Probably considering both these reasons David (who looks sad and tired throughout the film) plans to drive his father to Nebraska. A few times in the film David is accused of being just like his father; but the truth is that David’s love and patience towards his dad is the glue that holds everything else in the film.

nebraska-poster2Woody’s little road trip turns out way more exciting and nostalgic than he ever imagined. Starts with a quick tour to Mt.Rushmore, then Woody hits his head in a drunken accident, his teeth lost and found, and then a visit to Woody’s old neighborhood at Hawthorne where his brother Ray still resides, meets up with old friends (even girlfriends), a big time family reunion, and then Woody’s sudden fame in the small town as a would-be-millionaire and finally the moment when Woody shows his receipt and demands his million dollars. For the old man the journey is much more amusing than his final destination.

Cast and Camera:

Beautifully shot in black and white by Phedon Papamichael, the vast wide landscapes and the neatly framed indoors make the film a treat to watch.

Casting of the main characters are obviously well done, two of them (Bruce Dern and June Squibb) were nominated for their roles in the Oscars. But it’s the secondary characters that make the film look so realistic, Aunt Martha, Uncle Ray, Bart and Cole (the lazy cousins), Ed Pegram, Peg Nagy … just to name a few, all – every single one of them look so authentic and believable. I think for this film’s success casting played a huge role and John Jackson, the casting director did a splendid job.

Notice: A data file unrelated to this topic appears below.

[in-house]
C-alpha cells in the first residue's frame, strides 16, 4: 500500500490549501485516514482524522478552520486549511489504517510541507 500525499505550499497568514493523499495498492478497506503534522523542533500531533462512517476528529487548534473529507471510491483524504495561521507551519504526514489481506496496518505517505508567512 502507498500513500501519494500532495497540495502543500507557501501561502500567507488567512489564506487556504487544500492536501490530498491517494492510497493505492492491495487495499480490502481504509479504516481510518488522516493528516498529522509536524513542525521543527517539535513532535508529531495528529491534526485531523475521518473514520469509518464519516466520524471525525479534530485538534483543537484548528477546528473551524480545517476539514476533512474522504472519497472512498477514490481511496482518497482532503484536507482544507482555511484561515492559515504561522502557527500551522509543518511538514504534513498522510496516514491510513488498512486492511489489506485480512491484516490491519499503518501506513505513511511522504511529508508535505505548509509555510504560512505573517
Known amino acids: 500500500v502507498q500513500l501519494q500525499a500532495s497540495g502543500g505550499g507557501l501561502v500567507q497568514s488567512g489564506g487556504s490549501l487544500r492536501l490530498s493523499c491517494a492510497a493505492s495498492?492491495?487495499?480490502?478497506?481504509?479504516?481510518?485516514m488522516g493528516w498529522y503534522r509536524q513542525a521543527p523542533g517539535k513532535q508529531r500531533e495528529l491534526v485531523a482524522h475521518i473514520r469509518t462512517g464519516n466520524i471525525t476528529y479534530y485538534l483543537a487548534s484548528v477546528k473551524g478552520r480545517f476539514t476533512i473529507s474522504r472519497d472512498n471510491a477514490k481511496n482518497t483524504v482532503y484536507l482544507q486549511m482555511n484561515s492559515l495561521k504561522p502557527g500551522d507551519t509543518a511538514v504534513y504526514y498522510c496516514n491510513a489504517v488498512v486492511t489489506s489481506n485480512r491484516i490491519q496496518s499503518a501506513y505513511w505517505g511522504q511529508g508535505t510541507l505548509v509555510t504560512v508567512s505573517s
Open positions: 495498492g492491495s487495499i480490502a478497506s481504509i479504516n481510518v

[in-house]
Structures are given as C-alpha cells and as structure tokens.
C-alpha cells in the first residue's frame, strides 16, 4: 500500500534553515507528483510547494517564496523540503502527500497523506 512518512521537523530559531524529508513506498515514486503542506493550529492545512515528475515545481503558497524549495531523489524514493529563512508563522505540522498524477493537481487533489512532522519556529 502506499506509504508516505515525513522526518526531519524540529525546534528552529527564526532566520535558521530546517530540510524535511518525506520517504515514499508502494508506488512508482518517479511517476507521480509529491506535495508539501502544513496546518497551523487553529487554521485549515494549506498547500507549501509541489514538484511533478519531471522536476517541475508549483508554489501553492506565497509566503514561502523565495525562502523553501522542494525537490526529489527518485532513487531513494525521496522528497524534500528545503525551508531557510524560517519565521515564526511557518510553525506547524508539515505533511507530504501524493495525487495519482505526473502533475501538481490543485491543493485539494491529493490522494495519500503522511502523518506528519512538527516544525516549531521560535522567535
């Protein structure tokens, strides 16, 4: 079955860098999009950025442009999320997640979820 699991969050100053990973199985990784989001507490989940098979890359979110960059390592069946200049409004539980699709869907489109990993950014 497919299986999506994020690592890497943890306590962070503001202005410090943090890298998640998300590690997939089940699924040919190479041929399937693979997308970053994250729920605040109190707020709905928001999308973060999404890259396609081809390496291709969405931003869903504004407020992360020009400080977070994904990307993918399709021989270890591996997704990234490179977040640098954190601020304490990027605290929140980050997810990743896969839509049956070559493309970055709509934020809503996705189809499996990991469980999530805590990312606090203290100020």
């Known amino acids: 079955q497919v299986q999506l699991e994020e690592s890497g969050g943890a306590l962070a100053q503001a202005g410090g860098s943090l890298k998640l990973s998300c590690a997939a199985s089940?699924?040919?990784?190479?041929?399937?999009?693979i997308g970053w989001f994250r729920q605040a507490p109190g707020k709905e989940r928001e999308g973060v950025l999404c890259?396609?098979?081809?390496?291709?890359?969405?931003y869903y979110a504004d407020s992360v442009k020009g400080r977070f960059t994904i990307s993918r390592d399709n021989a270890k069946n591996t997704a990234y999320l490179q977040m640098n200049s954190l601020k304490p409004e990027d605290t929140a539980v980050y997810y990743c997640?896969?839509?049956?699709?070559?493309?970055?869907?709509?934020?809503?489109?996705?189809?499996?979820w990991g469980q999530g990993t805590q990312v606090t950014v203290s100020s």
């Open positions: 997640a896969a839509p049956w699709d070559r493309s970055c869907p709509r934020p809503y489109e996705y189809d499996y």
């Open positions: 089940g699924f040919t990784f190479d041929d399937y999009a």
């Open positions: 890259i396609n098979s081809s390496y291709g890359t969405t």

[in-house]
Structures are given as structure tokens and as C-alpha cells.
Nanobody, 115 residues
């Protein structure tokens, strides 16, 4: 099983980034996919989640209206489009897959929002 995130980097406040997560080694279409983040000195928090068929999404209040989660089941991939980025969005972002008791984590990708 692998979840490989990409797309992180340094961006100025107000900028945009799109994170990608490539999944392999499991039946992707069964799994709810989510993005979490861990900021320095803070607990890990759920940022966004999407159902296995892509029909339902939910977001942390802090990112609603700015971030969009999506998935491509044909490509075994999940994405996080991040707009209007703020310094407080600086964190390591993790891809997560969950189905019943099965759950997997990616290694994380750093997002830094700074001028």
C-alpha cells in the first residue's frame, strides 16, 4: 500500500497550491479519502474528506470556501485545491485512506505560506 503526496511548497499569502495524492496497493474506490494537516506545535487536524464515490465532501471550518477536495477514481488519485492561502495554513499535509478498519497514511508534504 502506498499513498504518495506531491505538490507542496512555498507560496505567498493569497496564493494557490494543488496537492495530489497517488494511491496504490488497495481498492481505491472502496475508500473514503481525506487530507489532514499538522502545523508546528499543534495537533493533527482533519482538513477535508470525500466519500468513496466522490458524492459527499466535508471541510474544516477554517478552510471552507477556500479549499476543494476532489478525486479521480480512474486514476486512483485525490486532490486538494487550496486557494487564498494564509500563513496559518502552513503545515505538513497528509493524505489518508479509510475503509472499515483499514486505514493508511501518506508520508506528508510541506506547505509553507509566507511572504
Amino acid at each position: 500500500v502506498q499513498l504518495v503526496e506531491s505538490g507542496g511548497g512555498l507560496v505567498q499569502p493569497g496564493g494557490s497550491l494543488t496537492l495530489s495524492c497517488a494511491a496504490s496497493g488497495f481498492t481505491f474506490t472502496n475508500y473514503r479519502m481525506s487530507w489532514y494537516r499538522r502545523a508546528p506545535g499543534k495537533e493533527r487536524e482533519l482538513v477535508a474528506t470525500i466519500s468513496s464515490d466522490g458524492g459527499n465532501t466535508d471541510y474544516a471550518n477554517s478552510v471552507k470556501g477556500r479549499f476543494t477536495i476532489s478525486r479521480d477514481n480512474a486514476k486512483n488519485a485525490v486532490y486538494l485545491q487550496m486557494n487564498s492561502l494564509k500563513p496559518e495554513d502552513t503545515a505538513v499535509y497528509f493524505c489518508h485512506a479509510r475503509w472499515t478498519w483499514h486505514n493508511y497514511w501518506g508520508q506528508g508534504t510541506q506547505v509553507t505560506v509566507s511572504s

Music and the straight-faced comedy:

Long drives in the picturesque wide roads are well taken care of by the soulful music of Mark Orton.

The comic situations and dialogues in this film are never too loud or forcefully ticklish but they will sure make you smile enough. Bob Nelson’s script is slow paced and subtle where even ordinary, day-to-day conversations seem funny and enjoyable.

And finally:

Dreaming of a million dollars; people congratulating him, singing songs, cheering and clapping for him – Woody relishes it all. It’s the great feeling of being the talk of the town; probably first time in his life he has become somebody important. Even at the end when he shows off his new truck and the compressor (both gifts from his son David), as he confidently drives by wearing a ‘prize winner’ printed cap (his consolation prize), he looks radiant and satisfied. Not rich but content.

Many people perceived Nebraska as a story of an emotional father-son bonding – well, yes evidently it is exactly that but again the film is also about basic human nature, their beliefs and relations; their lust and selfishness and about their courage and selflessness.  For those who haven’t seen the film yet, believe me you are missing out on something rare and classy.

Who cares for a million dollars after all, it all boils down to – as Woody instructs David ‘Have a drink with your old man. Be somebody!’